The book of Song of Solomon, a metaphor for Christ and the church, expresses this gift in its exquisite value. The groom here describes his bride, in a way that is often baffling to those unaware of the food significance of that cultural context. He compares her eyes to doves (1:15), her hair to a flock of goats (4:1), her cheeks as pomegranate halves (4:3). Her lips like nectar and her tongue like milk and honey (3:11). This is because the livestock one owned was wealth itself in a predominately agricultural society. Alongside this livestock and the best of the harvest served sacrificial purposes in Judaism. The best of the firstfruits were incense to God, and doves were temple for sacrifices (i.e. Joseph and Mary when they brought Christ to the temple for his naming and circumcision). Milk and honey were the signs of the Promised Land the Israelites in the wilderness yearned for, was “the land flowing with milk and honey.” Food products signified of blessings and assurance of promise-fulfillment. The groom describes the love of his bride as better than wine (1:2). Psalm 104, amidst celebrating the gift of food to all creatures, declares
that God has given wine to make the heart glad (3:10) (Jenks 251). This reiterates the message of Ecclesiastes, that the gift of God to man is to eat and drink and take pleasure in it (Ecc. 3:12-13). Throughout the Psalms there are worshipful praises to God, for food. Psalm 63 states, “My soul will be satisfied as with fat and rich food, and my mouth will praise you with joyful lips…” (Ps. 63:5). In the context, the Psalmist is in desperation, crying out for provision in a land where there is no water. In the sanctuary of God he lifts up his hands to God with praises because the steadfast hesed of God is better than life (vs. 3,4). He praises God for the confidence of his hope in a time that will come of abundance of food. In Hebrew poetry, parallel lines express similar ideas with intensification. In the first line of this stanza, he expresses his soul being satisfied with food, and the second stanza takes this statement further to the soul being in the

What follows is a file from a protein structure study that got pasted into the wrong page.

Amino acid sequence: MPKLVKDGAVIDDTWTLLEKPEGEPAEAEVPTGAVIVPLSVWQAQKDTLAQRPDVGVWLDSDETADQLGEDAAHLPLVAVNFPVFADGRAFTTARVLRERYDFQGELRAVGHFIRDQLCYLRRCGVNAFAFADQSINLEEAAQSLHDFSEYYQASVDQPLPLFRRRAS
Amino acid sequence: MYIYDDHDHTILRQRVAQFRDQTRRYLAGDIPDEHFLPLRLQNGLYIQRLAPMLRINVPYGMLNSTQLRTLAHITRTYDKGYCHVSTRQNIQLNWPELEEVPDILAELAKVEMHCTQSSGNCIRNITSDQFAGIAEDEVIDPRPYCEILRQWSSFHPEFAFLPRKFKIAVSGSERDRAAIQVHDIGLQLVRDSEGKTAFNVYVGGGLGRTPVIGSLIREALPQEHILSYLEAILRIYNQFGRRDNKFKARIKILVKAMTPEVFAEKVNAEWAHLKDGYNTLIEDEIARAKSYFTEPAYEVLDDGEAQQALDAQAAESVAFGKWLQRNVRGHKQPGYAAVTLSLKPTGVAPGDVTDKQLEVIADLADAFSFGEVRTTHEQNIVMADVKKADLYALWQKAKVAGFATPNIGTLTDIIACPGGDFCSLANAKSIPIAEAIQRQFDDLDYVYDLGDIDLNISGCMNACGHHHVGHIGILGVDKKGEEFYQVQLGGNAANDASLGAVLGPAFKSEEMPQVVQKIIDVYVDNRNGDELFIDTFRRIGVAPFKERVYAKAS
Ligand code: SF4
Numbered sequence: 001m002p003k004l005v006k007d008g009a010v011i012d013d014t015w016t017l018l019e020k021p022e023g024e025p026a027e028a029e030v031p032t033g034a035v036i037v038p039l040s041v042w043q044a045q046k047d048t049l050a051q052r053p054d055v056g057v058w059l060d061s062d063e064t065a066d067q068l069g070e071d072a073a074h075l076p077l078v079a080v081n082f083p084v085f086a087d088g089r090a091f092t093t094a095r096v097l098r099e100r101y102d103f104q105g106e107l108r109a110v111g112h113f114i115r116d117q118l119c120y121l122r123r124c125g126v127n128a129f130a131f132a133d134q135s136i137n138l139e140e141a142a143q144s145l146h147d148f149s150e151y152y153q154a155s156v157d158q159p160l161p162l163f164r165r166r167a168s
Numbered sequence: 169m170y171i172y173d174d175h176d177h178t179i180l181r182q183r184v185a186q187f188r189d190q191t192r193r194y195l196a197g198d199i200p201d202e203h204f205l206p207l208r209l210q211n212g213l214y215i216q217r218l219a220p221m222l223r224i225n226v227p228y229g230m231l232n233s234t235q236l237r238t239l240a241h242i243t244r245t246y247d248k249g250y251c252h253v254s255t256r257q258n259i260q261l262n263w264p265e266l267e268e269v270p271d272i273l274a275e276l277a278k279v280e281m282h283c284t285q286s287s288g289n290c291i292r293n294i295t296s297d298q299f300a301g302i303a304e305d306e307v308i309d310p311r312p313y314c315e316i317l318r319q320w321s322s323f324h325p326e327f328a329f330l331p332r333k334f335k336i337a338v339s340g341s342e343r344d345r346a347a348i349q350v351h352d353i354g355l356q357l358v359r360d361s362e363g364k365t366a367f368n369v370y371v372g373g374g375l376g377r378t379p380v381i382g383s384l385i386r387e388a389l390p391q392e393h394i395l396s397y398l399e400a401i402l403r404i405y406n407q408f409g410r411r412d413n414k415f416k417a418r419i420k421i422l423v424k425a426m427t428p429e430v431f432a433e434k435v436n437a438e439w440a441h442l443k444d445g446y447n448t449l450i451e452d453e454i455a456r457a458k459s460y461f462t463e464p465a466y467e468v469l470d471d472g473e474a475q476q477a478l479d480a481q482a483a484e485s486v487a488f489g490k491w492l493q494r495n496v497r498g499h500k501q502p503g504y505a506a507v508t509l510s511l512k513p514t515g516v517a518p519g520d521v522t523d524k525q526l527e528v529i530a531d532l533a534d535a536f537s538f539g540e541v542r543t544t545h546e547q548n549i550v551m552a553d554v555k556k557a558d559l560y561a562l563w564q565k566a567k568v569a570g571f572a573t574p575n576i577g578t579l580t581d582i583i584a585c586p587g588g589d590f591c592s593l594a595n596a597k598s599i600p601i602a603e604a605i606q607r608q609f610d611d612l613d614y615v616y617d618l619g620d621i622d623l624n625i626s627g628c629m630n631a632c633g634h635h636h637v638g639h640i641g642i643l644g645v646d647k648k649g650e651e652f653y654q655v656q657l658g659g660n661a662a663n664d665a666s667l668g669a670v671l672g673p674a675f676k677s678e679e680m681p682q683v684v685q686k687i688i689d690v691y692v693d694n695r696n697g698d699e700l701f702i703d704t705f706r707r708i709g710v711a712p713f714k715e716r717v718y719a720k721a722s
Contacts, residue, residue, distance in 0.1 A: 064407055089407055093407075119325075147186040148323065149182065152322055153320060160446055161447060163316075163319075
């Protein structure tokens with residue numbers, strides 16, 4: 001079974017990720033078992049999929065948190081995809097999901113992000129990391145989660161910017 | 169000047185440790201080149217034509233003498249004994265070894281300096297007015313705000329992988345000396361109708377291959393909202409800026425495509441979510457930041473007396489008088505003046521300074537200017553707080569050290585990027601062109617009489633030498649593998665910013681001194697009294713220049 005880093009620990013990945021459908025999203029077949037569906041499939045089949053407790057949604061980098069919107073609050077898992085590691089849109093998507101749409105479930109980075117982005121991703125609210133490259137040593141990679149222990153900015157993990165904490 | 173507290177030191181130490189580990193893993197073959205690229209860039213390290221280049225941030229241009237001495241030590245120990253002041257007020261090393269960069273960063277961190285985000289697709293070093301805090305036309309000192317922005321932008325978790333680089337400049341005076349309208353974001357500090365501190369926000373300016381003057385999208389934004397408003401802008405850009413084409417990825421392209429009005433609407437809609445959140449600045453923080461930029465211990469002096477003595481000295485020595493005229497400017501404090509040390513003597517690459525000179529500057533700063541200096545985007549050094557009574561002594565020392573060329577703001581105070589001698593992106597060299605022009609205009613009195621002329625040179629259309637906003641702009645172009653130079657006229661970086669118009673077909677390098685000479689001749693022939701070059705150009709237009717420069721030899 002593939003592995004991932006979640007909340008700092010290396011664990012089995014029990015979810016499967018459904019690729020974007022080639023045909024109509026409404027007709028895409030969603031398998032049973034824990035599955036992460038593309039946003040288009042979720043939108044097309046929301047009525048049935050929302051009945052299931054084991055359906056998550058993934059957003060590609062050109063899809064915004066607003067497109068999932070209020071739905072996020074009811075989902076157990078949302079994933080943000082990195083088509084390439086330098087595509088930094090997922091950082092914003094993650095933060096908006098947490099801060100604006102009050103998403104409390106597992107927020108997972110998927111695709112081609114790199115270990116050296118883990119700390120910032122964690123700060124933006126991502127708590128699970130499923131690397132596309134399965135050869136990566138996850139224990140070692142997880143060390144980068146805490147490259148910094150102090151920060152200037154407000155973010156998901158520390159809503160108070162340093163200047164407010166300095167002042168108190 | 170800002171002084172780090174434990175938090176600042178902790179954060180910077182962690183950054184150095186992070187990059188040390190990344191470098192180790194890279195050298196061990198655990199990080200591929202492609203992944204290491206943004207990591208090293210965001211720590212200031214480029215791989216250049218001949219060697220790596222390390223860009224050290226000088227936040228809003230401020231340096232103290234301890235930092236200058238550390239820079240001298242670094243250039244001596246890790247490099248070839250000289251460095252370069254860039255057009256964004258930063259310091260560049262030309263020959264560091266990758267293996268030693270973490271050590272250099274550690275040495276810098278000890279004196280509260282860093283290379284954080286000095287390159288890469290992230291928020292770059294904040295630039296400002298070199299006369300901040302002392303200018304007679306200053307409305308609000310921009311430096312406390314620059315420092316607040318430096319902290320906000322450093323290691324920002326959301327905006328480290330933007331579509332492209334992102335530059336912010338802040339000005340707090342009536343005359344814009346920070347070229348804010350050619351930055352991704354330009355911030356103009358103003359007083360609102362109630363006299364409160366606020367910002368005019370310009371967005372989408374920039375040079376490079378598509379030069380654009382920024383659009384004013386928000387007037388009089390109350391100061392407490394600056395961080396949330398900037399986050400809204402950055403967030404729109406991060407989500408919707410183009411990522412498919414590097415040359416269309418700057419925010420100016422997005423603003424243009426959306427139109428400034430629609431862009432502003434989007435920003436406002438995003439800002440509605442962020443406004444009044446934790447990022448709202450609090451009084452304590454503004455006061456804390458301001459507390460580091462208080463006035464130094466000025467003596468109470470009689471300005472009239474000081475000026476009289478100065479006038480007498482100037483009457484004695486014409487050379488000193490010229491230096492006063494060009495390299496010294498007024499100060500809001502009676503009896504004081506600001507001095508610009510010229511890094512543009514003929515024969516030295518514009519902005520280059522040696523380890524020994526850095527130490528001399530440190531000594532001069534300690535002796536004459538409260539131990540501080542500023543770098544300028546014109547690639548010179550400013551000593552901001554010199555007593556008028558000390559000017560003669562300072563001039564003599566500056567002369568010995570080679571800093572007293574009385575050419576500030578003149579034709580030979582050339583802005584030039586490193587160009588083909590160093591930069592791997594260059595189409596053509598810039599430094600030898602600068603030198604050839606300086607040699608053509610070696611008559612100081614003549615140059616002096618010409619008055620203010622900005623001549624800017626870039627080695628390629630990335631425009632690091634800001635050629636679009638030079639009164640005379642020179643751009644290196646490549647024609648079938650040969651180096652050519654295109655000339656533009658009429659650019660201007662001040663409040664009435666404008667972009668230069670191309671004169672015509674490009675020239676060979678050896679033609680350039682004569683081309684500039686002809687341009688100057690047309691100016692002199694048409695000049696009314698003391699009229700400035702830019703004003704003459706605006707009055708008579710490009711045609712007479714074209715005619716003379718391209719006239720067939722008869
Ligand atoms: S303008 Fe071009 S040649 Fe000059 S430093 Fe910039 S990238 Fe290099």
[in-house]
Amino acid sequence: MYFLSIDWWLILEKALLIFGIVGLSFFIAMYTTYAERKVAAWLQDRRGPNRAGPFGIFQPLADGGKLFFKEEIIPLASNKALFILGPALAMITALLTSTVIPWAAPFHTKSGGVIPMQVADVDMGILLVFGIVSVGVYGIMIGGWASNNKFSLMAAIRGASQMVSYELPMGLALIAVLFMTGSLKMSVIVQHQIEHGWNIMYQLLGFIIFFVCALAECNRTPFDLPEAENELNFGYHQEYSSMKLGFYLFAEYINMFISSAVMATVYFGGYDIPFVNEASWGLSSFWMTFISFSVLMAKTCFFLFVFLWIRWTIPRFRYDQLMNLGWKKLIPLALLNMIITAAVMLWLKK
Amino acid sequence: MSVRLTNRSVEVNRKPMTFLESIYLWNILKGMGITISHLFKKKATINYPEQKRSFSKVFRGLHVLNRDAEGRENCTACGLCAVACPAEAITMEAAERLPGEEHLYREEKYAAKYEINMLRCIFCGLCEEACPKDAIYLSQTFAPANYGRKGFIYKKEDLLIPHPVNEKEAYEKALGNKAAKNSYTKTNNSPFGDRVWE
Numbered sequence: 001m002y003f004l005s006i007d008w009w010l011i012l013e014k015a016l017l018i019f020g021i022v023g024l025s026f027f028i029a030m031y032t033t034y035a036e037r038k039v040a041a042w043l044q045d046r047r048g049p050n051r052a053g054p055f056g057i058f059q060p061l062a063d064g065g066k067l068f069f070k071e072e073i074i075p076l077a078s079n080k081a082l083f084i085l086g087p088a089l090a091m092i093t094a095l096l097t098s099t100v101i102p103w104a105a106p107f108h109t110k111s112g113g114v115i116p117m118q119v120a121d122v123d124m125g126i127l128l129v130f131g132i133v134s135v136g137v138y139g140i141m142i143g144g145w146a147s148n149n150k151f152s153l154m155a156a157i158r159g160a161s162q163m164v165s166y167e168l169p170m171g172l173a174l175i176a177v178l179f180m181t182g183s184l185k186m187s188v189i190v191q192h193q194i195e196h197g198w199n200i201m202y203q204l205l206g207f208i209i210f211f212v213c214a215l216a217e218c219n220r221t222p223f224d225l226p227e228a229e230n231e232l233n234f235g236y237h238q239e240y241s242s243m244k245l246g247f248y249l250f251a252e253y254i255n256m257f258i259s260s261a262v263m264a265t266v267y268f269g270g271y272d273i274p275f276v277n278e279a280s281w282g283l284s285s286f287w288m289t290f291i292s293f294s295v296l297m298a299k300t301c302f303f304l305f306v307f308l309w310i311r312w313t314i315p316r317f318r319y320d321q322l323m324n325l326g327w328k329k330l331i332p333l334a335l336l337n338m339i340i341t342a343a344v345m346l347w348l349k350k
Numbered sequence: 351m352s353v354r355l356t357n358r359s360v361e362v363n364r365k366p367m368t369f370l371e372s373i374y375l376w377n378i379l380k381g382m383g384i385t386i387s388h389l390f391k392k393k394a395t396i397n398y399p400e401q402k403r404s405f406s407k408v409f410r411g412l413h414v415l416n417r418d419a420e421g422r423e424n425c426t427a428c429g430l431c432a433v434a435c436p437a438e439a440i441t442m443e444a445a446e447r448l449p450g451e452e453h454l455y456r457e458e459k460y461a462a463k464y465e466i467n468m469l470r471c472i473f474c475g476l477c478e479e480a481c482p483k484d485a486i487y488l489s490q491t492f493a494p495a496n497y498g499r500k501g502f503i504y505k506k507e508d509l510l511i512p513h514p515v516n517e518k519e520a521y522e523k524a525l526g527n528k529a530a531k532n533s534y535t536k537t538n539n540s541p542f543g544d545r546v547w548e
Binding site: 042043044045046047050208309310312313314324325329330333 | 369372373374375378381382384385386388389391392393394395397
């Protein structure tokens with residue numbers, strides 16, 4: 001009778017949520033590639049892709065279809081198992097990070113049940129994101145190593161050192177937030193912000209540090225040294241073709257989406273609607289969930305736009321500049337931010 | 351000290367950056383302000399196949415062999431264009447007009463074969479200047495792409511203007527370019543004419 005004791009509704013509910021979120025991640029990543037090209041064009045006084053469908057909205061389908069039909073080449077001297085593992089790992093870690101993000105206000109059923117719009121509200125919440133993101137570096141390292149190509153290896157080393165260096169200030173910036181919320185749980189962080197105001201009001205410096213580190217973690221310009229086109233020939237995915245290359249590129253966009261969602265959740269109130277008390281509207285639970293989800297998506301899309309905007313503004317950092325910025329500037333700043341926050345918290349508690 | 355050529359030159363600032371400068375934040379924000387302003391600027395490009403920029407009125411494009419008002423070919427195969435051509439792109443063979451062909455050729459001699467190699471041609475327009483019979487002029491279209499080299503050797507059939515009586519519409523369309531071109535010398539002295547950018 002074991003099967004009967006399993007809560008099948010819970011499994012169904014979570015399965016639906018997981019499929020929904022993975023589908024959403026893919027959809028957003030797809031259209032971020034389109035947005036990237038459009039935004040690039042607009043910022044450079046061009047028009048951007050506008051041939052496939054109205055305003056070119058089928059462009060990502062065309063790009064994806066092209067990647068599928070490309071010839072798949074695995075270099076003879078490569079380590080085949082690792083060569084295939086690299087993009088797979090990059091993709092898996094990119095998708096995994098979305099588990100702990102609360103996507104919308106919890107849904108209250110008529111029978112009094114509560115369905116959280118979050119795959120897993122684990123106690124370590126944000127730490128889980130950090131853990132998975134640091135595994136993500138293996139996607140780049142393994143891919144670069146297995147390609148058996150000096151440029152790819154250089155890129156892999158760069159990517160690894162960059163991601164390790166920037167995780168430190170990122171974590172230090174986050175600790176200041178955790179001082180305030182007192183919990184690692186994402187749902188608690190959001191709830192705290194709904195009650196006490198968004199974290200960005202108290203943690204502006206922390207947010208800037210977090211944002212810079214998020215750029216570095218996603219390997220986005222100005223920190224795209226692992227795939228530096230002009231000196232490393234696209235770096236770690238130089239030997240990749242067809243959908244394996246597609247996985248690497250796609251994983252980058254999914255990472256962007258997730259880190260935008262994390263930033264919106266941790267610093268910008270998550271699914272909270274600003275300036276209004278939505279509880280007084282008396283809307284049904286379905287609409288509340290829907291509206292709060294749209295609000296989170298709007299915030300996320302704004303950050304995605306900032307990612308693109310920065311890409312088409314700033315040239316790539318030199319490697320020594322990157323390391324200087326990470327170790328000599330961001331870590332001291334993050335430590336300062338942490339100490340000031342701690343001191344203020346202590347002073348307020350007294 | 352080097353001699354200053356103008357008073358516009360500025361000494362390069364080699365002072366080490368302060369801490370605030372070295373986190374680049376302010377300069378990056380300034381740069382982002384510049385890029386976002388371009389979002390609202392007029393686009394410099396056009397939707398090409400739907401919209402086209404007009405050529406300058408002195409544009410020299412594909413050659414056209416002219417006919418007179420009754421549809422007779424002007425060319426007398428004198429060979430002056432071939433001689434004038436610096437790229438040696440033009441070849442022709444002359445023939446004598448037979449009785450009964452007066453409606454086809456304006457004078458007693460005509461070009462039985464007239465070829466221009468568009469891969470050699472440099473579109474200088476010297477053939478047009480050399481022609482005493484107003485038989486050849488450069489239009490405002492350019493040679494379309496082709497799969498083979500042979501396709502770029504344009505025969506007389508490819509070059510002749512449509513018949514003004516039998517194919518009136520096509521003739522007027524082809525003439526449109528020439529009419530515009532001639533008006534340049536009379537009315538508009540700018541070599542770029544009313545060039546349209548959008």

ultimate state of glorifying God with praise. The first line is presuming the typology of food with God’s spiritual blessing that is in the second line.

            When God’s people do not find joy in his gift of food to us, it is to go against the will of God. Psalm 78 speaks of God’s wrath against the Israelites because they do not recognize his provision of manna and water from the rock in the wilderness. They demanded more food from him testing him sinfully. God displayed wonders for them yet they did not believe in his power to continue to sustain them (vss. 21-22). He fed them with the grain from heaven, manna which was the bread of angels, and meat fell on them like rain, and yet they still did not remember his grace (vss. 24-25, 27). On a surface level this Psalm teaches the vital importance of recognizing with thankfulness, God’s marvelous provision that he bestows on a daily bases in the form of food. Yet, it was eschatological, looking forward to the fulfillment in Christ. Later this paper will discuss the commentary that Christ himself gave in John 6.

Author's Note: To read the next installment, click here.